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Wednesday, November 09, 2011

Björk -- Debut


There was a time I think I was in love with Björk. Don't worry, my wife doesn't have anything to be concerned about. I was a teenager, and Bjork wasn't pushing fifty. Yes, this was a different era, the President was from Arkansas, Napster wasn't even born, and Björk wasn't PUSHING FIFTY. How the heck is she now almost fifty? How am I so old? WAHHH!!!
Anyway, that time has long passed, and even back then, Björk's Debut was half a decade old. The song that led me to her like the smell of pie on a windowsill was "Hyperballad," which is still an album away, so now it's time to make sense of Björk's 18-year-old freshman album (if you don't count that stuff she recorded as a child...I don't).
The lead-in, "Human Behavior," is still one of Björk's most well known songs, and for good reason. Björk has one of the most distinctive voices in the world, one thousands have failed to describe aptly. I won't try here, though I can say it feels like butterflies fluttering around in and hollowing out your chest. If Björk was simply paired with standard pop music, her voice wouldn't make as big a difference. It's the innovative sounds she's had behind her that have propelled her into greatness. There is a sense of something new, yet there's also a sense of history involved, coming out in "Human Behavior" through the ancient, crackly orchestral cue that pops up and swiftly disappears 1:58 seconds into the song. Also, there was a weird video:

What's strange is that the second track, "Crying," is conventional, dated, early 90's dance music, and it isn't the only track of its kind on Debut. Every other track on the first half is disappointingly like this, surrounding the excellent (I know surely written about me) "Venus as a Boy," which because of its prominent use in Luc Besson's film, The Professional (THANK YOU LUC BESSON!), was some of my first Björk exposure. Thankfully, conventionality isn't the case with the final five tracks.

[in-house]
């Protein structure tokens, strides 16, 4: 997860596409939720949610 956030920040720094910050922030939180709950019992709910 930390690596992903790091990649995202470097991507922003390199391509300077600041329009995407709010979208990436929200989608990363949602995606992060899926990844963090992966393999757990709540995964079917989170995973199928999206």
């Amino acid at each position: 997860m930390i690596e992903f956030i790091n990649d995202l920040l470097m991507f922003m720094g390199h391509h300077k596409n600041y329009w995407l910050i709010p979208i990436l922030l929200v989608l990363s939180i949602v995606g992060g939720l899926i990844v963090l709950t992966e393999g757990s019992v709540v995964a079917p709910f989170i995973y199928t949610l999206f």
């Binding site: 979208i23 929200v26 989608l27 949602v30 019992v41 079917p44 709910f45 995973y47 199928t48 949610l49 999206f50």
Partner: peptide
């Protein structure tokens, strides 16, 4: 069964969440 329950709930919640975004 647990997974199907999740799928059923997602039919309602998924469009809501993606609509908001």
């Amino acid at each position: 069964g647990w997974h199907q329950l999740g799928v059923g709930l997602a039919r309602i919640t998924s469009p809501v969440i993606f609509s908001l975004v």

"One Day" sounds like a good dream. "Aeroplane" is jungle jazz music, animal noises intact. "Come to Me" is another dreamy song from somewhere past the end of time, and contains more orchestral input, the organic settling cozily with the technological. "Violently Happy" is sadly a return to the more basic dance sound, but is completely subversed by the lyrics. "The Anchor Song" is a fine ending, a duet between Björk and a bunch of NPR ready horns.
Overall, Debut is a bit more down to Earth than one would expect given Björk's later, celestial works. That said, it's still a varied listen, contains plenty of great songs, and well displays the timeless, unmatched quality of the various patterns of sound soaring skyward from somewhere beneath Björk's lips.

1993 Elektra
1. Human Behaviour 4:12
2. Crying 4:49
3. Venus as a Boy 4:41
4. There's More to Life Than This 3:21
5. Like Someone in Love 4:33
6. Big Time Sensuality 3:56
7. One Day 5:24
8. Aeroplane 3:54
9. Come to Me 4:55
10. Violently Happy 4:58
11. The Anchor Song 3:32

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